Other sustainability initiatives (Our mandatories):
- Saffire has eliminated almost all single-use plastic and aims to be single-use-plastic-free by 2024.
- Guest amenities, including all bathroom products, are housed in refillable containers. This saves an estimated 586 litres of wasted product per year, and up to seven single-use plastic bottles per room, per stay, equating to up to 51,000 bottles per year.
- Staff collect soap remains for reconstitution by not-for-profit organisation Soap Aid, which sends soap to overseas communities facing major hygiene challenges preventing more than 200 million tonnes being discarded in landfill.
- Plastic bottles have been replaced with reusable bottles for guest excursions and on turn-down in rooms, saving 21,000 single-use plastic bottles per year.
- Recycling and environmentally friendly product programs are in place, including using plant-based and biodegradable cleaning products and coffee cups. Compostable coffee pods are used in suites, saving 5,000 going to landfill each year, while printer cartridges are recycled locally for building roads. Kitchen waste is recycled as compost and used in the onsite vegetable garden.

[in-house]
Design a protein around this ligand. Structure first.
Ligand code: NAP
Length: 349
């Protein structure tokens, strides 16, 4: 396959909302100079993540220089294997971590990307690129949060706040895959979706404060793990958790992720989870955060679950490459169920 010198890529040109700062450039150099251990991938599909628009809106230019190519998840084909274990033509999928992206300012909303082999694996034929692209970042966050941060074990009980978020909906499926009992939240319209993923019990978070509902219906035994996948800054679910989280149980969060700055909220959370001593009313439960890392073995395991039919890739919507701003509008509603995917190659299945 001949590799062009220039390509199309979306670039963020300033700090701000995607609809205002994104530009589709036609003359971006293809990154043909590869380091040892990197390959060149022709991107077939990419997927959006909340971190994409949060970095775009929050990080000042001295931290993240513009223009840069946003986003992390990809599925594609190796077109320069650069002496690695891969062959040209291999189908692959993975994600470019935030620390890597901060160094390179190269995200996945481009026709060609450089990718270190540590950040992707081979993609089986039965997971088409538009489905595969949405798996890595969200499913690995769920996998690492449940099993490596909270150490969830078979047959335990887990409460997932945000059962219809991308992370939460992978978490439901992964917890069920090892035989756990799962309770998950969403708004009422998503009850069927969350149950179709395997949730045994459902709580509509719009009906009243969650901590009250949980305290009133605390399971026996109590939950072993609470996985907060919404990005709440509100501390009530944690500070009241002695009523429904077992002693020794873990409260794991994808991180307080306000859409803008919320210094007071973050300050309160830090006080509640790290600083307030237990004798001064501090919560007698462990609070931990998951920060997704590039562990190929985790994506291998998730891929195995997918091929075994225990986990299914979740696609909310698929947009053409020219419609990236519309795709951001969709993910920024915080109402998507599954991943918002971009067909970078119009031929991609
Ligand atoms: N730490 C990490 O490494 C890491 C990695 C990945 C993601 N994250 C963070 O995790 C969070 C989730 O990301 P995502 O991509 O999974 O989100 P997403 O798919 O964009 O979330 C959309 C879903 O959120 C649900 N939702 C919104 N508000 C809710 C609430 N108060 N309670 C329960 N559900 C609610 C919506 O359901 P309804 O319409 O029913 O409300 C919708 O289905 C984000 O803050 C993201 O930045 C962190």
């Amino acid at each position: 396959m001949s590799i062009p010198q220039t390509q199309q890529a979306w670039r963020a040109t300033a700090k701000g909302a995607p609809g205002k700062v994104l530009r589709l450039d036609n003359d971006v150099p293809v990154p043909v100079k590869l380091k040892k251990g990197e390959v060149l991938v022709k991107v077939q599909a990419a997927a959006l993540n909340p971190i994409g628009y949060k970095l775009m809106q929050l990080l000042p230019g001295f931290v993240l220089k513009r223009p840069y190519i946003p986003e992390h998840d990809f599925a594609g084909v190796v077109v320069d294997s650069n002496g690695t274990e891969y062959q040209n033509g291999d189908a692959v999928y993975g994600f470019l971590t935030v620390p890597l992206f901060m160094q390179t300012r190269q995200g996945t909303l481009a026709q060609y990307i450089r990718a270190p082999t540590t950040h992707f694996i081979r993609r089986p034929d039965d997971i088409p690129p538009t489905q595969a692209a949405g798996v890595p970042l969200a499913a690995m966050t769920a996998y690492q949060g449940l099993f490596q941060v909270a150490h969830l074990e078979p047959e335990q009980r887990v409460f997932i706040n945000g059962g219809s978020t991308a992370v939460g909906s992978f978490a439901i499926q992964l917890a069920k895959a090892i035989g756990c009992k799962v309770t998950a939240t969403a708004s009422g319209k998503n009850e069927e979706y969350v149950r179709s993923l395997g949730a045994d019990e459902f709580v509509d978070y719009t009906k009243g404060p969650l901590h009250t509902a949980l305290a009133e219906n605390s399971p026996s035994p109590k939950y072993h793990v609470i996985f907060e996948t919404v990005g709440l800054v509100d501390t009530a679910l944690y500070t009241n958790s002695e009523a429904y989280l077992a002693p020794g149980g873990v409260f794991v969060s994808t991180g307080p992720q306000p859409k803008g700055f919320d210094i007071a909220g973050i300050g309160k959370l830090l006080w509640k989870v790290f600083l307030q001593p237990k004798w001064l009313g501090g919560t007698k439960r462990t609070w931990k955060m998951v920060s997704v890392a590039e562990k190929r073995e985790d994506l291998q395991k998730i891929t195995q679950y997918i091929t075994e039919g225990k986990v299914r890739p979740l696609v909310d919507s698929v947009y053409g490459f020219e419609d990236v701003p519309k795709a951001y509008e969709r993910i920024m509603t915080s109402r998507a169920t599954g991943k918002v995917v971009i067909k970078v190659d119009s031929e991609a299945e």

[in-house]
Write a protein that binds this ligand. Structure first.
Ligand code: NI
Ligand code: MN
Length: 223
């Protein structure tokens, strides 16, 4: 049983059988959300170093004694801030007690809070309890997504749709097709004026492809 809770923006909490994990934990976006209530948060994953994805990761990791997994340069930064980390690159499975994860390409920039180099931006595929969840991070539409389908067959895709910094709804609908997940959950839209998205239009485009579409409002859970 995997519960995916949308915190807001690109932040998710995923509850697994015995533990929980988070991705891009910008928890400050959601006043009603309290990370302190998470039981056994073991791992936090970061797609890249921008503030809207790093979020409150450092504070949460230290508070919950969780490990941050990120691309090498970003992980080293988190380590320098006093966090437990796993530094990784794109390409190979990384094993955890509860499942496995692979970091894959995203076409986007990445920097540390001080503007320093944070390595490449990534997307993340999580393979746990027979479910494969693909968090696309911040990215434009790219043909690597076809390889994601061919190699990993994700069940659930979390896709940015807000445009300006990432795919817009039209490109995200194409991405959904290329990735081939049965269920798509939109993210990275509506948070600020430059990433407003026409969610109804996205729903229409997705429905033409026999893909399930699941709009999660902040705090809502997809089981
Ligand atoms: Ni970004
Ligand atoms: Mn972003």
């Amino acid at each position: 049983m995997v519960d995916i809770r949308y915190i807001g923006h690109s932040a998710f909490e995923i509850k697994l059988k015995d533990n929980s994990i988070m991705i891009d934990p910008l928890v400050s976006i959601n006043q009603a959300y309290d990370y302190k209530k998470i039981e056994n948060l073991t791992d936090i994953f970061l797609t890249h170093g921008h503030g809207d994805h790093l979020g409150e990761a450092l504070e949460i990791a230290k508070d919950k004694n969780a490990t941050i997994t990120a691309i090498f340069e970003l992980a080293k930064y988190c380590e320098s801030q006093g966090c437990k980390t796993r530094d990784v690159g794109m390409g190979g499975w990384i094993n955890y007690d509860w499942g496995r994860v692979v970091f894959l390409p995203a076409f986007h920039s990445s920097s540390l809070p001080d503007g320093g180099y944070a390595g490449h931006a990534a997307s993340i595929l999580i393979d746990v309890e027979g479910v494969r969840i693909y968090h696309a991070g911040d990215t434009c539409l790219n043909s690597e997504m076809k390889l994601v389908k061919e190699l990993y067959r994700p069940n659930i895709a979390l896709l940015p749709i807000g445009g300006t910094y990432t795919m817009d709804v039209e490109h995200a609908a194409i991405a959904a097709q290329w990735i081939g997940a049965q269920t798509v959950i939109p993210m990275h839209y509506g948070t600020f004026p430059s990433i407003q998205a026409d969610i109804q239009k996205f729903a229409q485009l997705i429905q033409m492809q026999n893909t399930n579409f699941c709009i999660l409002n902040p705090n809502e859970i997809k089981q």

- The majority of Tasmanian businesses are powered by hydro and Saffire, too, is entirely powered by renewable energy from hydro.
- Saffire Freycinet has committed $12,500 per year for two years to Wildcare Tasmania’s Rehab and Release Fund. Volunteer wildlife carers from around the state can apply to receive a grant from the fund to help them care for and release wildlife safety back into their natural habitat.
- Guests can purchase a ‘Saffy’ toy with the proceeds going directly towards Wildcare Tasmania’s Nature and World Heritage fund. The purchase also supports Tas Textiles, the Tasmanian knitting mill where the Saffy toy is made, providing employment opportunities for people living with intellectual, cognitive and developmental disabilities.